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what is hypersensitivity?
when the immune system does harm in reacting to antigen
What is sensitization?
describes increasing reaction to allergen per exposure
What is an allergen?
What type is an immediate reaction to an allergy?
type 1 allergy
What antibodies are related to Type 1 allergens?
Where are IgE antibodies found?
on surface of basophils
on surface of mast cells
Where are mast cells found?
in the subcutaneous tissue
What do IgE antibodies usually target?
What does the allergen stimulate in a person?
IgE antibodies attached to basophils and mast cells
What happens when basophils and mast cells are stimulated?
they release chemicals causing swelling
What chemicals do basophils and mast cells release when theyre stimulated?
What kind of reaction occurs systemically?
type 1, immediate
What 2 problems happen with an immediate allergy?
What is a systemic type 1 reaction called?
What happens when basophils are stimulated in the blood stream causing anaphylactic shock?
blood vessels dialate
blood pressure drops
brain loses blood
What happens when there is fluid in the airways of bronchioles causing constriction, eventually suffocation?
What are 2 tests done to determine if someone has allergies?
blood test for many IgE
skin test prick of allergens
What are 2 methods of prevention of type 1 allergic reactions?
How can you treat a type 1 allergic reaction after being exposed to the allergen?
What 2 things does epinephrine do to reverse anaphylactic shock and bronchispasms?
constricts blood vessels
What are 3 types of localized type 1 reactions?
What is the type 1 reaction where allergens are inhaled and stay in the upper respiratory?
What is the type 1 reaction where allergens are inhaled and go deeper than the upper respiratory?
What is the type 1 reaction where allergens are ingested?
What types of allergic reaction involved IgM and IgG antibodies?
What do IgG antibodies activate?
What are 3 examples of type 2 allergic reactions?
whole blood transfusions
Rh incompatibility (pregnancy)
What antigens are found on AB blood?
A and B antigens
What 4 things happen when the wrong blood is given to someone?
foreign RBCs in blood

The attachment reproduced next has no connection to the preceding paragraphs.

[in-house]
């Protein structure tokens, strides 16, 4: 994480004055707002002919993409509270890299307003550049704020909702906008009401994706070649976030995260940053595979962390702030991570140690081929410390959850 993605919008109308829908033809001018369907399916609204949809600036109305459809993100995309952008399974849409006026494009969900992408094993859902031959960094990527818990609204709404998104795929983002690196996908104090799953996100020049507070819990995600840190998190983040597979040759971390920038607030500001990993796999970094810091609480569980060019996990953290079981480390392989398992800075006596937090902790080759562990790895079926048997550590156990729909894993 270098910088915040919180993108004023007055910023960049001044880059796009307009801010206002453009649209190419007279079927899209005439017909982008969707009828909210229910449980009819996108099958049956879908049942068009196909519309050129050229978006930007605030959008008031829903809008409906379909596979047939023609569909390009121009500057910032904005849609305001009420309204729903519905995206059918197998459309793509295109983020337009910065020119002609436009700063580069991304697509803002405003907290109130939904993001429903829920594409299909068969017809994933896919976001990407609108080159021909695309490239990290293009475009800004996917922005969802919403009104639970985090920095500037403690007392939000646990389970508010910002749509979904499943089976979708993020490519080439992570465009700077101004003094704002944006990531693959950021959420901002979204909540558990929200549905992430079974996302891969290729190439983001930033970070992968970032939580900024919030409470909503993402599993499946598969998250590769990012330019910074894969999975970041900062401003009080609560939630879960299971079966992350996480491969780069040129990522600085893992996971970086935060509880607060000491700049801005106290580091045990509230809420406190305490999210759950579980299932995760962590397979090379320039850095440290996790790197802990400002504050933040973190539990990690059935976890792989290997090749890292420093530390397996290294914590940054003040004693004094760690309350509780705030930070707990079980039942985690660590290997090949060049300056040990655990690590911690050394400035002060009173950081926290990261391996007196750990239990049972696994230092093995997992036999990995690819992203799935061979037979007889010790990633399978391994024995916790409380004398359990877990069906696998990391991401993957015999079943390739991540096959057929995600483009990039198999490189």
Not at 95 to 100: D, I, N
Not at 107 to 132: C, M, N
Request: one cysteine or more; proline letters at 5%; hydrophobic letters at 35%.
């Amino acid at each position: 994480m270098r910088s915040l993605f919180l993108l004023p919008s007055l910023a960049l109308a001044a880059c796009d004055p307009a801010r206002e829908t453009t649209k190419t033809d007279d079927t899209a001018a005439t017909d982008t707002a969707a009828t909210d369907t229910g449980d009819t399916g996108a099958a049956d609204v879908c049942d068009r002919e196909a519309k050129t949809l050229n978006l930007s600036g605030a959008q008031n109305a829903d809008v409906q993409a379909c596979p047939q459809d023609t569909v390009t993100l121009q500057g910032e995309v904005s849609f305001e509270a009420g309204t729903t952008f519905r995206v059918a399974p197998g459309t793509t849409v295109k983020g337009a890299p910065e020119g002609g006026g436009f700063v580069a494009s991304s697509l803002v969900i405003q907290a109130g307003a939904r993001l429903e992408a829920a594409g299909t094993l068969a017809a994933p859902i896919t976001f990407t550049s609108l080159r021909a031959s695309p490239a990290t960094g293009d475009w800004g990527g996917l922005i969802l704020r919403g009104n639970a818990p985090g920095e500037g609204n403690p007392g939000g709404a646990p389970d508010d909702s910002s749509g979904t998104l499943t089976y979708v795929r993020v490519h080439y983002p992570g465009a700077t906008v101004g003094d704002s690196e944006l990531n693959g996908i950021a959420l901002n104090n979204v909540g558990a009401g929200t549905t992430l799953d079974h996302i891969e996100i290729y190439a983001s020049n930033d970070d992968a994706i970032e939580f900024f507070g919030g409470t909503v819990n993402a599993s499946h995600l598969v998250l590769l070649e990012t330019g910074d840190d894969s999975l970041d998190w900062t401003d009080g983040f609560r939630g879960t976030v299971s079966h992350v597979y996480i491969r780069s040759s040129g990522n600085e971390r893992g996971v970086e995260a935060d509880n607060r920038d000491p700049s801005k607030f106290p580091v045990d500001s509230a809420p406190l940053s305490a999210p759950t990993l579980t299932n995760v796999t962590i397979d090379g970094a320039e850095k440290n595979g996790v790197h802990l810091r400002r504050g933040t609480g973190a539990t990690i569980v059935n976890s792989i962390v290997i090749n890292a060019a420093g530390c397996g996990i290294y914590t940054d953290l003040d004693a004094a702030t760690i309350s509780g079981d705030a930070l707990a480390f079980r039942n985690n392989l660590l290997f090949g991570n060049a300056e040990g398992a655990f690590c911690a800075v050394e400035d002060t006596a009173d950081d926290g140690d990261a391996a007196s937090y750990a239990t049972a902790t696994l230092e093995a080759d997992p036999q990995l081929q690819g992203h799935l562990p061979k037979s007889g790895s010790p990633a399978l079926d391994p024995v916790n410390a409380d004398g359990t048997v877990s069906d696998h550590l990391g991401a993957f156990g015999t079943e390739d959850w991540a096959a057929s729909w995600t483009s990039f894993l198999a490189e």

IgM and IgG detect antigens
antibodies activate complement
complement perform cytolysis on foreign RBCs
What 2 things happen when Rh- mom bears RH + baby?
IgG cross placenta
IgG attack baby RBCs
What medicine is used to inhbit Rh incompatibility?
What is the name for type 1 allergic reactions?
What is the name for type 2 allergic reactions?
What is type of allergic reaction is immune complex reactions?
What type of allergic reaction is cell mediated (delayed) reactions?
What are 4 type 4 reactions?
2. Rheumatic Fever
3. Rheumatoid Arthritis*
4. Systemic Lupus Erythematosus / SLE / Lupus *
What2 things can happens when a person has continuous untreated reoccurences of strep throat?
Why do IgG and IgMs attack kidney tissue after so many strep throat cases in one person?
Antibody receptors much like the identification on kidney tissue
What 2 tissues have similiar identification on their cell surface as strep pyogenes?
heart valve tissue
What is it called when antibodies are made to attack disease and attack self tissues instead?
cross reaction (autoimmune)
What mechanisms are involved in type 4 reactions?
t helper cells in their cell mediated role
What is t helper cell's role in cell mediated immunity?
stimulate macrophages to increase in size and attract more to site
What are 2 type 4 reactions?
What is type 4 excess inflammation of the skin called?
What is contact dermatitis treated with?
What are 2 side effects of receiving transplant antirejection medication?
high risk of infection and cancer
What 2 transplants are rejected by the body?
allograph and xenographs
What are 4 types of transplants?
What 2 transplants are not rejected by the body?
What transplant is frmo an identical twin?
What transplant is from your self?
What transplant is from someone outside of yourself or twin?
What transplant is from an animal?
What are 2 types of immunosupression?
What immunosuppression is a genetic disorder where someone doesn't have enough antibodies in the blood stream and can't fight off infections?
What immunosupression is a genetic disorder where a person is inable of making antibodies?
How is agammaglobulinemia treated?
routine antibody shots